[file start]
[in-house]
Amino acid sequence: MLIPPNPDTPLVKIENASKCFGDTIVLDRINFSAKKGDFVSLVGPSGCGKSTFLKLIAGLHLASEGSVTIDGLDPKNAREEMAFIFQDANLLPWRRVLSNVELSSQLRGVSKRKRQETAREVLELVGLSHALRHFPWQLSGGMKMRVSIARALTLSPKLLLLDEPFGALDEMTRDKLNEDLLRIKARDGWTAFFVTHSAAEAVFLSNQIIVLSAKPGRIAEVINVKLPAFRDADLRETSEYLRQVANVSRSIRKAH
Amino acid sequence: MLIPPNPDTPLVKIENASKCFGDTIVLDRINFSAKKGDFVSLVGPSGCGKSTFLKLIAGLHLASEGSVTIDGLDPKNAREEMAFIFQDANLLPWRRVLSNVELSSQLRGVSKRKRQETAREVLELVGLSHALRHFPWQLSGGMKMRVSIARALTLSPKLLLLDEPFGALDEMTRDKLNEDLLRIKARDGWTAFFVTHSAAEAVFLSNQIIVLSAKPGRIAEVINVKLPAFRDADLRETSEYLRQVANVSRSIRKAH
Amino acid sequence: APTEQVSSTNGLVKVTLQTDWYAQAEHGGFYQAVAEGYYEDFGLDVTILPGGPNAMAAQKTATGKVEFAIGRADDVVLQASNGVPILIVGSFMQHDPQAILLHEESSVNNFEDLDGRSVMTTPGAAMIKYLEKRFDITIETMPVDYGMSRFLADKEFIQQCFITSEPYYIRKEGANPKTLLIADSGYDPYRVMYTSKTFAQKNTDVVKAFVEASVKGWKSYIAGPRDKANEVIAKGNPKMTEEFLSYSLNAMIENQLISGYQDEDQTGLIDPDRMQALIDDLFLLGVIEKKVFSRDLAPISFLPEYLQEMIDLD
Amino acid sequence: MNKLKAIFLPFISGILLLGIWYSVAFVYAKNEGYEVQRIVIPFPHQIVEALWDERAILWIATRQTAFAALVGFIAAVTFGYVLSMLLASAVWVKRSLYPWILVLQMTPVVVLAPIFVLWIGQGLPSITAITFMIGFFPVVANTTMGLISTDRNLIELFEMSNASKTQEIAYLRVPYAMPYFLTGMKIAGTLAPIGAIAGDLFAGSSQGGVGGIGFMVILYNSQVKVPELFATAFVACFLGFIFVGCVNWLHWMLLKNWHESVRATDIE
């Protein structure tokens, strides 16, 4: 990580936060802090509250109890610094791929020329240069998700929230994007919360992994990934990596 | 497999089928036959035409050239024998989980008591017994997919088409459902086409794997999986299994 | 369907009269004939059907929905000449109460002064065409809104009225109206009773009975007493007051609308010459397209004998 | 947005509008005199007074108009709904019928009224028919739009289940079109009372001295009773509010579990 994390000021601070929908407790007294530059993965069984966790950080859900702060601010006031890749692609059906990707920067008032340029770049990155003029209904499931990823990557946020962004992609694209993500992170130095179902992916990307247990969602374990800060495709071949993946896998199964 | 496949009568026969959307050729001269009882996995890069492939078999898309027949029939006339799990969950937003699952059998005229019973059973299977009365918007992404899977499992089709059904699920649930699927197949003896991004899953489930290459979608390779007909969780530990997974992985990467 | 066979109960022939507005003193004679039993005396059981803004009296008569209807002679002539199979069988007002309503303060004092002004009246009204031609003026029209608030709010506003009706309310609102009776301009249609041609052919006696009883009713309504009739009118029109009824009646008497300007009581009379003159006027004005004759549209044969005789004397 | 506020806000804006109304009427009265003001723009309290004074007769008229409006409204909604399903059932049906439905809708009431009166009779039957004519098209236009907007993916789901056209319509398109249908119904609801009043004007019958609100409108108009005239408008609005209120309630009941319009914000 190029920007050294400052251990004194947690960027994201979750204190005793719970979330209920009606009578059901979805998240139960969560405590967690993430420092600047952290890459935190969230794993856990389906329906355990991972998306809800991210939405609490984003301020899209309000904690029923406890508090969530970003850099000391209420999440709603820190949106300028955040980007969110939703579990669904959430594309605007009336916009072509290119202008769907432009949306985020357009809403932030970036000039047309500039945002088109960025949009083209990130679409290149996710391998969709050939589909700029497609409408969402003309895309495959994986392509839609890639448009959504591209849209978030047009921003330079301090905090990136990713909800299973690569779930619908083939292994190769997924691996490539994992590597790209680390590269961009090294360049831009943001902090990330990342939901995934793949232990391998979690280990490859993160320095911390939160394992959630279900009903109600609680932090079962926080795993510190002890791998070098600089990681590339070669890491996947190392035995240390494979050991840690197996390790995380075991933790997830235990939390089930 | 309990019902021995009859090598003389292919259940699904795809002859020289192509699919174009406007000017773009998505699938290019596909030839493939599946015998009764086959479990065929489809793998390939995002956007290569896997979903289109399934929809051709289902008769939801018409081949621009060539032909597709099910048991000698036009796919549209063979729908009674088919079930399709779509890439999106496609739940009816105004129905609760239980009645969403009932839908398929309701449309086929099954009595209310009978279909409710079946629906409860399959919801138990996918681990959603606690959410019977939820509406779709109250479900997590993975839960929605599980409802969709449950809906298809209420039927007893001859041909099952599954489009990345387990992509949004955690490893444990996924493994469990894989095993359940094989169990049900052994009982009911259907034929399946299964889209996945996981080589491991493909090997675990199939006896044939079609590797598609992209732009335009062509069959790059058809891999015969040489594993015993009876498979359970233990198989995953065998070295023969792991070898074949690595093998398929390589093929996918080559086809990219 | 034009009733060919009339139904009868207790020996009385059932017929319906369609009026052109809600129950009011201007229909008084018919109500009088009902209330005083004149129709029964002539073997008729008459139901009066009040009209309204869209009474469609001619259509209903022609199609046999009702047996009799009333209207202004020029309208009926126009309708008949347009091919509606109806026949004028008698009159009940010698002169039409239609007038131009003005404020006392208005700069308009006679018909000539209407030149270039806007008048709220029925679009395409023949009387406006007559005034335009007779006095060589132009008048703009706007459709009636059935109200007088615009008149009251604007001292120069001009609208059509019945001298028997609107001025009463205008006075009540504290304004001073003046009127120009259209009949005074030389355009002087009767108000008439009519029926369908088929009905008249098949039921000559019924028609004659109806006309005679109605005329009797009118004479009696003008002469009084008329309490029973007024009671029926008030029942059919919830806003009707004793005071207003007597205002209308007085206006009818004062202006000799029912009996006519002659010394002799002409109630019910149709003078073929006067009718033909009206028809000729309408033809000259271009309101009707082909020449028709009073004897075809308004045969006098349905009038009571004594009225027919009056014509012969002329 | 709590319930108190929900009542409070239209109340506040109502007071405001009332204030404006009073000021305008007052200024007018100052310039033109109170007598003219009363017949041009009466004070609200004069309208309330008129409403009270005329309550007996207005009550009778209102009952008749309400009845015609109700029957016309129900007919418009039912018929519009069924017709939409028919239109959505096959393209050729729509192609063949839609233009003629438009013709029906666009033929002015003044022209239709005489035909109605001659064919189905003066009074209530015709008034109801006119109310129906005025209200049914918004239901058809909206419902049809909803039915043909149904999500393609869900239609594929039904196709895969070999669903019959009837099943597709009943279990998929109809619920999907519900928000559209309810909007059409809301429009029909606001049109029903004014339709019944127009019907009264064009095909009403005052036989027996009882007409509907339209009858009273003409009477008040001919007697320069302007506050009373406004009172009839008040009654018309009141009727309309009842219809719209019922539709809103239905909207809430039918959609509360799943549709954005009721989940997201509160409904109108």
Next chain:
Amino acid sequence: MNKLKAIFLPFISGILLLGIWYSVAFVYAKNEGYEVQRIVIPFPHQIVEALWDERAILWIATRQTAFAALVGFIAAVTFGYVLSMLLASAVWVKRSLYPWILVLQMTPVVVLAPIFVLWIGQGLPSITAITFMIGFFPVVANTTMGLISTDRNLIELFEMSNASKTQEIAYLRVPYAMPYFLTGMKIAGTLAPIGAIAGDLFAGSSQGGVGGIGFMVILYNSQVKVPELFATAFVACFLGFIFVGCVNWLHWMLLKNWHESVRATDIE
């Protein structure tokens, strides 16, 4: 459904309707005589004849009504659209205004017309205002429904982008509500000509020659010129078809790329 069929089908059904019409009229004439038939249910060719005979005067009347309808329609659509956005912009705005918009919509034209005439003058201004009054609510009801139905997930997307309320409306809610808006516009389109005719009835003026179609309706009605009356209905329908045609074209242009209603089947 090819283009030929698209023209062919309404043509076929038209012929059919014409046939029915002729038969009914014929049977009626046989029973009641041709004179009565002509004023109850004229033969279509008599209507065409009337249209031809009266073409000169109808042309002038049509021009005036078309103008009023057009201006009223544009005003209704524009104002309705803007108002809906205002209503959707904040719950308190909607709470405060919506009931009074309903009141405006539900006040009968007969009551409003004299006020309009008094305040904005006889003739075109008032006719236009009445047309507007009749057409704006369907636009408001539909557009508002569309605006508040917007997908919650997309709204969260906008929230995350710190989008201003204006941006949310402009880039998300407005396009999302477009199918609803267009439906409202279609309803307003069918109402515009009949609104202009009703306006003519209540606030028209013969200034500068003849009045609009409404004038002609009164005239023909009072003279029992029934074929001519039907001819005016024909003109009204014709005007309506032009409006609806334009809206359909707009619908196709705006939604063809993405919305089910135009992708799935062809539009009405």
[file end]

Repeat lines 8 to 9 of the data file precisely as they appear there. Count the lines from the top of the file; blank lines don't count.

Amino acid sequence: MNKLKAIFLPFISGILLLGIWYSVAFVYAKNEGYEVQRIVIPFPHQIVEALWDERAILWIATRQTAFAALVGFIAAVTFGYVLSMLLASAVWVKRSLYPWILVLQMTPVVVLAPIFVLWIGQGLPSITAITFMIGFFPVVANTTMGLISTDRNLIELFEMSNASKTQEIAYLRVPYAMPYFLTGMKIAGTLAPIGAIAGDLFAGSSQGGVGGIGFMVILYNSQVKVPELFATAFVACFLGFIFVGCVNWLHWMLLKNWHESVRATDIE
């Protein structure tokens, strides 16, 4: 459904309707005589004849009504659209205004017309205002429904982008509500000509020659010129078809790329 069929089908059904019409009229004439038939249910060719005979005067009347309808329609659509956005912009705005918009919509034209005439003058201004009054609510009801139905997930997307309320409306809610808006516009389109005719009835003026179609309706009605009356209905329908045609074209242009209603089947 090819283009030929698209023209062919309404043509076929038209012929059919014409046939029915002729038969009914014929049977009626046989029973009641041709004179009565002509004023109850004229033969279509008599209507065409009337249209031809009266073409000169109808042309002038049509021009005036078309103008009023057009201006009223544009005003209704524009104002309705803007108002809906205002209503959707904040719950308190909607709470405060919506009931009074309903009141405006539900006040009968007969009551409003004299006020309009008094305040904005006889003739075109008032006719236009009445047309507007009749057409704006369907636009408001539909557009508002569309605006508040917007997908919650997309709204969260906008929230995350710190989008201003204006941006949310402009880039998300407005396009999302477009199918609803267009439906409202279609309803307003069918109402515009009949609104202009009703306006003519209540606030028209013969200034500068003849009045609009409404004038002609009164005239023909009072003279029992029934074929001519039907001819005016024909003109009204014709005007309506032009409006609806334009809206359909707009619908196709705006939604063809993405919305089910135009992708799935062809539009009405």